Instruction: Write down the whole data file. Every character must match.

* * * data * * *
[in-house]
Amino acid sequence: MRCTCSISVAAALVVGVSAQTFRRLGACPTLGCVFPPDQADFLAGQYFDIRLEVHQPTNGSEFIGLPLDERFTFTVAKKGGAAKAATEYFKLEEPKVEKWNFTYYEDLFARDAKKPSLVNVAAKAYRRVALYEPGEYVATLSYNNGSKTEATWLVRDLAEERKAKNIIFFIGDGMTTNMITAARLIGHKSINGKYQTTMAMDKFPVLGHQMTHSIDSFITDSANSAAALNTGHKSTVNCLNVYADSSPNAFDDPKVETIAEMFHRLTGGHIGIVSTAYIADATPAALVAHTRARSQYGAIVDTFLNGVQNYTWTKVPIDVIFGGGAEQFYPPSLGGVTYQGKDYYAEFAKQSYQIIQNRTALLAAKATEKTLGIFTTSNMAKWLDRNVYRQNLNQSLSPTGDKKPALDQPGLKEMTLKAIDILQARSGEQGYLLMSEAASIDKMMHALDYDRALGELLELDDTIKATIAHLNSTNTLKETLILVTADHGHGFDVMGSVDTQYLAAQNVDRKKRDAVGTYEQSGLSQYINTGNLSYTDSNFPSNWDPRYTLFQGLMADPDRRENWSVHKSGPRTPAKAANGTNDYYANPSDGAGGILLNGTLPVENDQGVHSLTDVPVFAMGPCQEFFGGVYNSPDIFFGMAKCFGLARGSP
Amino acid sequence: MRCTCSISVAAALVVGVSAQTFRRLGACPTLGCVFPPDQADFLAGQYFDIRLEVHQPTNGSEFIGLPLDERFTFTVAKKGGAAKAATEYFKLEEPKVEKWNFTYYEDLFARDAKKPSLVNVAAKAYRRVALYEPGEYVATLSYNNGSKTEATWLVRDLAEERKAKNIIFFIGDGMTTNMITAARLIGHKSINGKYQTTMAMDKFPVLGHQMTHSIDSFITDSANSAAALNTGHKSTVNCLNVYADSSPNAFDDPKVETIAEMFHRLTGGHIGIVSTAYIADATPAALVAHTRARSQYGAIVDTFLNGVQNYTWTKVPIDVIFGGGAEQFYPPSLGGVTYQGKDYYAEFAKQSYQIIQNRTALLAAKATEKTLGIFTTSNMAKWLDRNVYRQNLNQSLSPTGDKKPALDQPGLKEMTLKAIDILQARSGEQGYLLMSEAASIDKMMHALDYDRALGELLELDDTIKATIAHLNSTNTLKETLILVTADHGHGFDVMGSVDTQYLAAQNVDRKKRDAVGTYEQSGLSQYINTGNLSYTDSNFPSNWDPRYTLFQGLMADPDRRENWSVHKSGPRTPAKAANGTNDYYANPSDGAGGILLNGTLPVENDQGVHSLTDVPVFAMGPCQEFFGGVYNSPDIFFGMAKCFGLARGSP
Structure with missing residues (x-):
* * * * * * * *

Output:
[in-house]
Amino acid sequence: MRCTCSISVAAALVVGVSAQTFRRLGACPTLGCVFPPDQADFLAGQYFDIRLEVHQPTNGSEFIGLPLDERFTFTVAKKGGAAKAATEYFKLEEPKVEKWNFTYYEDLFARDAKKPSLVNVAAKAYRRVALYEPGEYVATLSYNNGSKTEATWLVRDLAEERKAKNIIFFIGDGMTTNMITAARLIGHKSINGKYQTTMAMDKFPVLGHQMTHSIDSFITDSANSAAALNTGHKSTVNCLNVYADSSPNAFDDPKVETIAEMFHRLTGGHIGIVSTAYIADATPAALVAHTRARSQYGAIVDTFLNGVQNYTWTKVPIDVIFGGGAEQFYPPSLGGVTYQGKDYYAEFAKQSYQIIQNRTALLAAKATEKTLGIFTTSNMAKWLDRNVYRQNLNQSLSPTGDKKPALDQPGLKEMTLKAIDILQARSGEQGYLLMSEAASIDKMMHALDYDRALGELLELDDTIKATIAHLNSTNTLKETLILVTADHGHGFDVMGSVDTQYLAAQNVDRKKRDAVGTYEQSGLSQYINTGNLSYTDSNFPSNWDPRYTLFQGLMADPDRRENWSVHKSGPRTPAKAANGTNDYYANPSDGAGGILLNGTLPVENDQGVHSLTDVPVFAMGPCQEFFGGVYNSPDIFFGMAKCFGLARGSP
Amino acid sequence: MRCTCSISVAAALVVGVSAQTFRRLGACPTLGCVFPPDQADFLAGQYFDIRLEVHQPTNGSEFIGLPLDERFTFTVAKKGGAAKAATEYFKLEEPKVEKWNFTYYEDLFARDAKKPSLVNVAAKAYRRVALYEPGEYVATLSYNNGSKTEATWLVRDLAEERKAKNIIFFIGDGMTTNMITAARLIGHKSINGKYQTTMAMDKFPVLGHQMTHSIDSFITDSANSAAALNTGHKSTVNCLNVYADSSPNAFDDPKVETIAEMFHRLTGGHIGIVSTAYIADATPAALVAHTRARSQYGAIVDTFLNGVQNYTWTKVPIDVIFGGGAEQFYPPSLGGVTYQGKDYYAEFAKQSYQIIQNRTALLAAKATEKTLGIFTTSNMAKWLDRNVYRQNLNQSLSPTGDKKPALDQPGLKEMTLKAIDILQARSGEQGYLLMSEAASIDKMMHALDYDRALGELLELDDTIKATIAHLNSTNTLKETLILVTADHGHGFDVMGSVDTQYLAAQNVDRKKRDAVGTYEQSGLSQYINTGNLSYTDSNFPSNWDPRYTLFQGLMADPDRRENWSVHKSGPRTPAKAANGTNDYYANPSDGAGGILLNGTLPVENDQGVHSLTDVPVFAMGPCQEFFGGVYNSPDIFFGMAKCFGLARGSP
Structure with missing residues (x-):